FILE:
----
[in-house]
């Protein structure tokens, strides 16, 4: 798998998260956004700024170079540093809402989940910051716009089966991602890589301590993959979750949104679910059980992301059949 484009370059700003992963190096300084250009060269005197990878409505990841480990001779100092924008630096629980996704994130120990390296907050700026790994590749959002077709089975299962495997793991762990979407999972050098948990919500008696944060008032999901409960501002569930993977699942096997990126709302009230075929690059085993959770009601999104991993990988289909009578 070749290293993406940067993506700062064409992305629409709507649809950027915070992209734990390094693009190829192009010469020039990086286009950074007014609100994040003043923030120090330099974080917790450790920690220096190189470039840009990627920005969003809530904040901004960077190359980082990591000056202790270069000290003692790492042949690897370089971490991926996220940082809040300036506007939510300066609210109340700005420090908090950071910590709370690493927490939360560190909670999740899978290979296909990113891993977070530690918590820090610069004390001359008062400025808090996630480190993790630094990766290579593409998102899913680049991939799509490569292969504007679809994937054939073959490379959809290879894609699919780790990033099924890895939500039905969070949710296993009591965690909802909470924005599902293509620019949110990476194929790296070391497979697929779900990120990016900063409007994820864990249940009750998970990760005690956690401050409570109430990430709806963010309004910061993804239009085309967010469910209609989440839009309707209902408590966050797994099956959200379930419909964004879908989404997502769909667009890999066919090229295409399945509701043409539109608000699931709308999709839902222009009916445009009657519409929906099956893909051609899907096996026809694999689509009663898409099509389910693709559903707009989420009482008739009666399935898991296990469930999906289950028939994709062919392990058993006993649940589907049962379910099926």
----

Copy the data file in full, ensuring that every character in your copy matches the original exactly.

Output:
[in-house]
């Protein structure tokens, strides 16, 4: 798998998260956004700024170079540093809402989940910051716009089966991602890589301590993959979750949104679910059980992301059949 484009370059700003992963190096300084250009060269005197990878409505990841480990001779100092924008630096629980996704994130120990390296907050700026790994590749959002077709089975299962495997793991762990979407999972050098948990919500008696944060008032999901409960501002569930993977699942096997990126709302009230075929690059085993959770009601999104991993990988289909009578 070749290293993406940067993506700062064409992305629409709507649809950027915070992209734990390094693009190829192009010469020039990086286009950074007014609100994040003043923030120090330099974080917790450790920690220096190189470039840009990627920005969003809530904040901004960077190359980082990591000056202790270069000290003692790492042949690897370089971490991926996220940082809040300036506007939510300066609210109340700005420090908090950071910590709370690493927490939360560190909670999740899978290979296909990113891993977070530690918590820090610069004390001359008062400025808090996630480190993790630094990766290579593409998102899913680049991939799509490569292969504007679809994937054939073959490379959809290879894609699919780790990033099924890895939500039905969070949710296993009591965690909802909470924005599902293509620019949110990476194929790296070391497979697929779900990120990016900063409007994820864990249940009750998970990760005690956690401050409570109430990430709806963010309004910061993804239009085309967010469910209609989440839009309707209902408590966050797994099956959200379930419909964004879908989404997502769909667009890999066919090229295409399945509701043409539109608000699931709308999709839902222009009916445009009657519409929906099956893909051609899907096996026809694999689509009663898409099509389910693709559903707009989420009482008739009666399935898991296990469930999906289950028939994709062919392990058993006993649940589907049962379910099926």